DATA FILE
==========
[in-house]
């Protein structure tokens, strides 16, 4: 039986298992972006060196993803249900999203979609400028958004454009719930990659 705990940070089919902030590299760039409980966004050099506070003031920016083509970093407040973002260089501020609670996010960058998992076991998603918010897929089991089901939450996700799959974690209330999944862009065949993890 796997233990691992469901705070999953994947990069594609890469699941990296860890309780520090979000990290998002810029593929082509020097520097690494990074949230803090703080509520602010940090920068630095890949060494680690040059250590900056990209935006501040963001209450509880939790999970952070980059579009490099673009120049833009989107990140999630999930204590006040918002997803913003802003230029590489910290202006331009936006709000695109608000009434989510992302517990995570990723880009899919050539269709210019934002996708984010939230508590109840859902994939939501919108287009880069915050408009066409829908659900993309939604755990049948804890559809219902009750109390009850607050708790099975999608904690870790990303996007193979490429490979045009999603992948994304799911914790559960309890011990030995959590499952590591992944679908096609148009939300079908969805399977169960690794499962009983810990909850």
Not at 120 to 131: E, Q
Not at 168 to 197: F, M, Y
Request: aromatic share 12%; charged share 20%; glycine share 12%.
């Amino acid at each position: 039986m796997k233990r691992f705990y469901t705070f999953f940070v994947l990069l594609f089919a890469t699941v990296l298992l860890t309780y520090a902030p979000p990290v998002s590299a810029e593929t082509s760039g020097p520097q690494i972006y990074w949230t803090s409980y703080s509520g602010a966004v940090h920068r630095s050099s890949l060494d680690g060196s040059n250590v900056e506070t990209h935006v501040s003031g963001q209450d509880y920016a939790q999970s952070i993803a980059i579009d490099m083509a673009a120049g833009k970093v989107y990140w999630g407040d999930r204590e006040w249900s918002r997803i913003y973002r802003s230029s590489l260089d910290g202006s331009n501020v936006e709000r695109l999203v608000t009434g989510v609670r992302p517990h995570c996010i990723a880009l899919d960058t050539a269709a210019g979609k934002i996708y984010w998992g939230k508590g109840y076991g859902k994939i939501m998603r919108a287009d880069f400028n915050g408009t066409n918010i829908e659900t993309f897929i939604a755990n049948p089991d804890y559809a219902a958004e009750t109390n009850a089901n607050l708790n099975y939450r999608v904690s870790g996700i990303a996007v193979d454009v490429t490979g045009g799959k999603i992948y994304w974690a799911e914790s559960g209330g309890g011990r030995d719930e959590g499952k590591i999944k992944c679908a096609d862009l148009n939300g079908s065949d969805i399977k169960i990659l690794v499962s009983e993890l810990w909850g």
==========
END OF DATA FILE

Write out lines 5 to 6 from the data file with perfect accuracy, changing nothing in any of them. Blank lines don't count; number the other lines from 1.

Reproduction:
Request: aromatic share 12%; charged share 20%; glycine share 12%.
């Amino acid at each position: 039986m796997k233990r691992f705990y469901t705070f999953f940070v994947l990069l594609f089919a890469t699941v990296l298992l860890t309780y520090a902030p979000p990290v998002s590299a810029e593929t082509s760039g020097p520097q690494i972006y990074w949230t803090s409980y703080s509520g602010a966004v940090h920068r630095s050099s890949l060494d680690g060196s040059n250590v900056e506070t990209h935006v501040s003031g963001q209450d509880y920016a939790q999970s952070i993803a980059i579009d490099m083509a673009a120049g833009k970093v989107y990140w999630g407040d999930r204590e006040w249900s918002r997803i913003y973002r802003s230029s590489l260089d910290g202006s331009n501020v936006e709000r695109l999203v608000t009434g989510v609670r992302p517990h995570c996010i990723a880009l899919d960058t050539a269709a210019g979609k934002i996708y984010w998992g939230k508590g109840y076991g859902k994939i939501m998603r919108a287009d880069f400028n915050g408009t066409n918010i829908e659900t993309f897929i939604a755990n049948p089991d804890y559809a219902a958004e009750t109390n009850a089901n607050l708790n099975y939450r999608v904690s870790g996700i990303a996007v193979d454009v490429t490979g045009g799959k999603i992948y994304w974690a799911e914790s559960g209330g309890g011990r030995d719930e959590g499952k590591i999944k992944c679908a096609d862009l148009n939300g079908s065949d969805i399977k169960i990659l690794v499962s009983e993890l810990w909850g």